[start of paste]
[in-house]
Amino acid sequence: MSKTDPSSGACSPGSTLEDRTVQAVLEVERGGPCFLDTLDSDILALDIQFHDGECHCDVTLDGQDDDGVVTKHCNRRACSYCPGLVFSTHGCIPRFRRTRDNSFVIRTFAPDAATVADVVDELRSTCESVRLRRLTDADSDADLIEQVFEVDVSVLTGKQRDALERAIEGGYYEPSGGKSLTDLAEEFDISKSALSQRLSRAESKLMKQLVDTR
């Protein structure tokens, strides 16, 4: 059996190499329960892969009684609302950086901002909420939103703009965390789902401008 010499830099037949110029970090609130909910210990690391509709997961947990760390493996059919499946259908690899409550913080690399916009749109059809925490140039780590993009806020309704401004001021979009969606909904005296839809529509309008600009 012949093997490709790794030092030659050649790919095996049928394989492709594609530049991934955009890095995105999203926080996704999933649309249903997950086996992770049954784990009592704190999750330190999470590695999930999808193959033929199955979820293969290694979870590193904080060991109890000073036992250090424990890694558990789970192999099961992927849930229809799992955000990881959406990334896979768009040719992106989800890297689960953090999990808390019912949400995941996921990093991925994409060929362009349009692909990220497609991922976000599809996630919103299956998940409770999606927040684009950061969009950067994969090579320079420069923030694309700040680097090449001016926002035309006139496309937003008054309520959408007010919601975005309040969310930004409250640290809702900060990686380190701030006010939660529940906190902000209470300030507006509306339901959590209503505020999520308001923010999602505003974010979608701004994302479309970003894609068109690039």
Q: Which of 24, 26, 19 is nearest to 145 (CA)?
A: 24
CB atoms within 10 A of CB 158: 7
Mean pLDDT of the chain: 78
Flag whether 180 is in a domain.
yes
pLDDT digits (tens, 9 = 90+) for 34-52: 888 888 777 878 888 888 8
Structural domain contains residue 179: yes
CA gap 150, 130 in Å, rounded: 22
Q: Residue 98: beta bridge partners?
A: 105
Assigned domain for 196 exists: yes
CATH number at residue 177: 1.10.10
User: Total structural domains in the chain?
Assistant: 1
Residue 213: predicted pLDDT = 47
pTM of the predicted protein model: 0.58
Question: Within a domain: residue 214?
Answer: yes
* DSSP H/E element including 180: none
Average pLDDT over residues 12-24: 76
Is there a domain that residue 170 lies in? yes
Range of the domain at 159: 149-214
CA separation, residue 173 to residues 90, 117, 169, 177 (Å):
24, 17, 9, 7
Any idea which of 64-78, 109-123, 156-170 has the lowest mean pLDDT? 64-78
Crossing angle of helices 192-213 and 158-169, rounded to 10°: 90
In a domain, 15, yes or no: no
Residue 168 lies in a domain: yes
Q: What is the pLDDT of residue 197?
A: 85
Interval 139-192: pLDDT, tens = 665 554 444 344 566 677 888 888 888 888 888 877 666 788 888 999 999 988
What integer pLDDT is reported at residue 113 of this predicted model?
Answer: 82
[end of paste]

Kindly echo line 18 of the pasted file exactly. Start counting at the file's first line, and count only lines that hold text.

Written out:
Assistant: 1